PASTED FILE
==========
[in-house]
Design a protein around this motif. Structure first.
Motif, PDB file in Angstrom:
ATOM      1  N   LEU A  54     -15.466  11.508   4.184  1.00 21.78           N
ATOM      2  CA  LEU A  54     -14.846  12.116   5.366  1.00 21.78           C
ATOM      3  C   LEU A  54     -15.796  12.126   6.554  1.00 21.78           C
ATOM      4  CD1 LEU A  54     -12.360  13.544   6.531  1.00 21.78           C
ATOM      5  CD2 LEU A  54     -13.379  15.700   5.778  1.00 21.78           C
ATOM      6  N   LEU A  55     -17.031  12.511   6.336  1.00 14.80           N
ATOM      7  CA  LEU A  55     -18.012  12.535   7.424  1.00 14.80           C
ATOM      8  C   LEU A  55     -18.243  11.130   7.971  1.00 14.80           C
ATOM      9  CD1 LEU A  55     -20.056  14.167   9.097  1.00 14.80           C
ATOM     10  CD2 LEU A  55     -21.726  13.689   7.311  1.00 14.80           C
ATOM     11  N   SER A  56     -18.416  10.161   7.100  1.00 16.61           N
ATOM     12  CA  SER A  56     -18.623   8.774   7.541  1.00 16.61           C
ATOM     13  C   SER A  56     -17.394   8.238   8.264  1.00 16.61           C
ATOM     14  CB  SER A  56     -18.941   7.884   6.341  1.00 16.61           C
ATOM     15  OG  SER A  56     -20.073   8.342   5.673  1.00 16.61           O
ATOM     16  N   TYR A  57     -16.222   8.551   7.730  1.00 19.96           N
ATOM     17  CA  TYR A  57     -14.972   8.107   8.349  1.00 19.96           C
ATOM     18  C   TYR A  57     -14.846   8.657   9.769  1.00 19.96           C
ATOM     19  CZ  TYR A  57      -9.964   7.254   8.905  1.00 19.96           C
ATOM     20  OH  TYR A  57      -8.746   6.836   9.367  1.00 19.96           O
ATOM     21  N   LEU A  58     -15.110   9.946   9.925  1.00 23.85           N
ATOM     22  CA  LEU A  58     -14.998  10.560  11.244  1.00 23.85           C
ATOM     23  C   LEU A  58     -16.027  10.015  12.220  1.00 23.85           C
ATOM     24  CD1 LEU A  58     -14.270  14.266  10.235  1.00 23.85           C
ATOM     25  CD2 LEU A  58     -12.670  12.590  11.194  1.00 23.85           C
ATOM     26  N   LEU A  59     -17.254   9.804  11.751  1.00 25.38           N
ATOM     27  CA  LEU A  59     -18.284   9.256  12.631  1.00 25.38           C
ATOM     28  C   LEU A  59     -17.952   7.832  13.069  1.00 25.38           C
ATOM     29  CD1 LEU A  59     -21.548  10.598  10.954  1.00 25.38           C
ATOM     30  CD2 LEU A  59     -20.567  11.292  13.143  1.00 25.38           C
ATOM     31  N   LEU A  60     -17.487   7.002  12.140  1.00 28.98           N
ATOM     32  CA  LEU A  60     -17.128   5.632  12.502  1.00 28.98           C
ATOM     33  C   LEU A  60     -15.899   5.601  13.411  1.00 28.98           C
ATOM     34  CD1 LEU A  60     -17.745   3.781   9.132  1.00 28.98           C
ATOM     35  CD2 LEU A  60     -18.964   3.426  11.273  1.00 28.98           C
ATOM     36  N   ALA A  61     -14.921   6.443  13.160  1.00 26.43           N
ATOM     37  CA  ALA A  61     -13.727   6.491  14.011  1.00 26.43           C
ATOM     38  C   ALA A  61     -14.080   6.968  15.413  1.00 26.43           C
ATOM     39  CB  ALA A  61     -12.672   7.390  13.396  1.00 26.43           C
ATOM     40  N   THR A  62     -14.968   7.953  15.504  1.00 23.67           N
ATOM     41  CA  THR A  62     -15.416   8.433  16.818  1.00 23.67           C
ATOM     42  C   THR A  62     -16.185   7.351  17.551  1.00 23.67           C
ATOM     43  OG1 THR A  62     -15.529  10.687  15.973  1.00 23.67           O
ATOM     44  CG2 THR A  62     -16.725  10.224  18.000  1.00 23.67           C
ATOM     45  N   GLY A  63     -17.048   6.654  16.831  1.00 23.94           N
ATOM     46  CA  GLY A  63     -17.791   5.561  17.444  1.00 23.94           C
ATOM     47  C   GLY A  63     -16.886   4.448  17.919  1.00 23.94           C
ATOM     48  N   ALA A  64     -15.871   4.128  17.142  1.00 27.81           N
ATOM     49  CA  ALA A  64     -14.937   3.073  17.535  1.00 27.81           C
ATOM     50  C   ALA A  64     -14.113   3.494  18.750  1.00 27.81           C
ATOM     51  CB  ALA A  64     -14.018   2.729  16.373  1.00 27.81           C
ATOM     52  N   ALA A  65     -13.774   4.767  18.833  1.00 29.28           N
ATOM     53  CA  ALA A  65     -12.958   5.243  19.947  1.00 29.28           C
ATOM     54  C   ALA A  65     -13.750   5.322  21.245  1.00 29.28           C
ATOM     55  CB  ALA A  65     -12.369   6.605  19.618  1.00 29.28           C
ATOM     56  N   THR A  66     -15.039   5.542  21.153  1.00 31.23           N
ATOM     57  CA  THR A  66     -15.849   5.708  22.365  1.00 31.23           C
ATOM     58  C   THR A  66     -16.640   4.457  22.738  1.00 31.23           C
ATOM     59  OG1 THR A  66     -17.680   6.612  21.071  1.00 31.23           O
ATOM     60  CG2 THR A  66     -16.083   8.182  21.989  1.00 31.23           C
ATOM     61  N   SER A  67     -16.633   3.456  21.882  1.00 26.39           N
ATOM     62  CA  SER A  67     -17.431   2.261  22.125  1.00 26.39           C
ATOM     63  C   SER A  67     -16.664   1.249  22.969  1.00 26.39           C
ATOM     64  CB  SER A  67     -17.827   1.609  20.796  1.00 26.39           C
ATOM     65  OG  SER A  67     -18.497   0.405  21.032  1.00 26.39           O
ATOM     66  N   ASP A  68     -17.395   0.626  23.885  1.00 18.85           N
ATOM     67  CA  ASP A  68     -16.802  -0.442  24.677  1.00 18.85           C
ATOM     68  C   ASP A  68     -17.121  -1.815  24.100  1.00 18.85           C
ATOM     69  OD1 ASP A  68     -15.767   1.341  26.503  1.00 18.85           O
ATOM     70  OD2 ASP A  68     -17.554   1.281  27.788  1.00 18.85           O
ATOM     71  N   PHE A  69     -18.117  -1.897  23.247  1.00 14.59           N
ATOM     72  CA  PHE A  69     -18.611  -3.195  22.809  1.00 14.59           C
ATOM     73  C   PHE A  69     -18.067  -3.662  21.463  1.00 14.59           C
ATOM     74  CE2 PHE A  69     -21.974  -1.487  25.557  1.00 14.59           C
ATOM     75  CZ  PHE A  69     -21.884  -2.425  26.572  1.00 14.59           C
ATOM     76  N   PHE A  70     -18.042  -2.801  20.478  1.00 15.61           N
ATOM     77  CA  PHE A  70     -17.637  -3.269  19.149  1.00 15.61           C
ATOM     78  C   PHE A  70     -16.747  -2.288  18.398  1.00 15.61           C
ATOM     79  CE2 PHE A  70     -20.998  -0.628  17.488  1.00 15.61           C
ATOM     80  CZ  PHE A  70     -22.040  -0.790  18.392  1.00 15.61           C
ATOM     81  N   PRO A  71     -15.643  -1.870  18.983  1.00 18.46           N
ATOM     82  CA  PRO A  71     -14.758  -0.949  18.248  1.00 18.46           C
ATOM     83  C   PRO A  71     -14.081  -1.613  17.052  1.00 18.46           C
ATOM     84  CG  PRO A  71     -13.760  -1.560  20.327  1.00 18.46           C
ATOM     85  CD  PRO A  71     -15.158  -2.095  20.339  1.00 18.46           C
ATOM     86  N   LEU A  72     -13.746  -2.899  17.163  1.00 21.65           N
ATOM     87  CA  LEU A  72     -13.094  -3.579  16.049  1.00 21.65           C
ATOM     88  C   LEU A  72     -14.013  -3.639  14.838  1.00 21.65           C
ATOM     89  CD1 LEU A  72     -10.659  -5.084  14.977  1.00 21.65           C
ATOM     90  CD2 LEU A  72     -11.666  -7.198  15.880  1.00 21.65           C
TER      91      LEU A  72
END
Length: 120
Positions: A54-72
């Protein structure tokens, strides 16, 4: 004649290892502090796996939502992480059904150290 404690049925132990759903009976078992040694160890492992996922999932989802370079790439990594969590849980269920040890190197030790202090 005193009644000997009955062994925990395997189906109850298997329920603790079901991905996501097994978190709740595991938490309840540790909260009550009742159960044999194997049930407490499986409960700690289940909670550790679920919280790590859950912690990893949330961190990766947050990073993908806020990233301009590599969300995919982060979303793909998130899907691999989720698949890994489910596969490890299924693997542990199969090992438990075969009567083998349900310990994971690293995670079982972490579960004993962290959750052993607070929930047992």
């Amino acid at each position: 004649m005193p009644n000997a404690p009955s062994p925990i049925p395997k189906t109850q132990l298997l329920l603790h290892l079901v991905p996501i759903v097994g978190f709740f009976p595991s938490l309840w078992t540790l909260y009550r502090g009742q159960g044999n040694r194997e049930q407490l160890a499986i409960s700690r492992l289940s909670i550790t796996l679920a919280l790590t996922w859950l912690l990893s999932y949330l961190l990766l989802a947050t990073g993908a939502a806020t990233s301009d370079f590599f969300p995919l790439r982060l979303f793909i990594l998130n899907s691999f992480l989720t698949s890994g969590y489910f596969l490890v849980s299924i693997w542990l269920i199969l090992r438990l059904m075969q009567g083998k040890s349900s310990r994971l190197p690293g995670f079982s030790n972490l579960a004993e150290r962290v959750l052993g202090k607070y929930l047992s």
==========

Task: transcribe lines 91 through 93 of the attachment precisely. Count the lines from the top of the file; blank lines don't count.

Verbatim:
ATOM     88  C   LEU A  72     -14.013  -3.639  14.838  1.00 21.65           C
ATOM     89  CD1 LEU A  72     -10.659  -5.084  14.977  1.00 21.65           C
ATOM     90  CD2 LEU A  72     -11.666  -7.198  15.880  1.00 21.65           C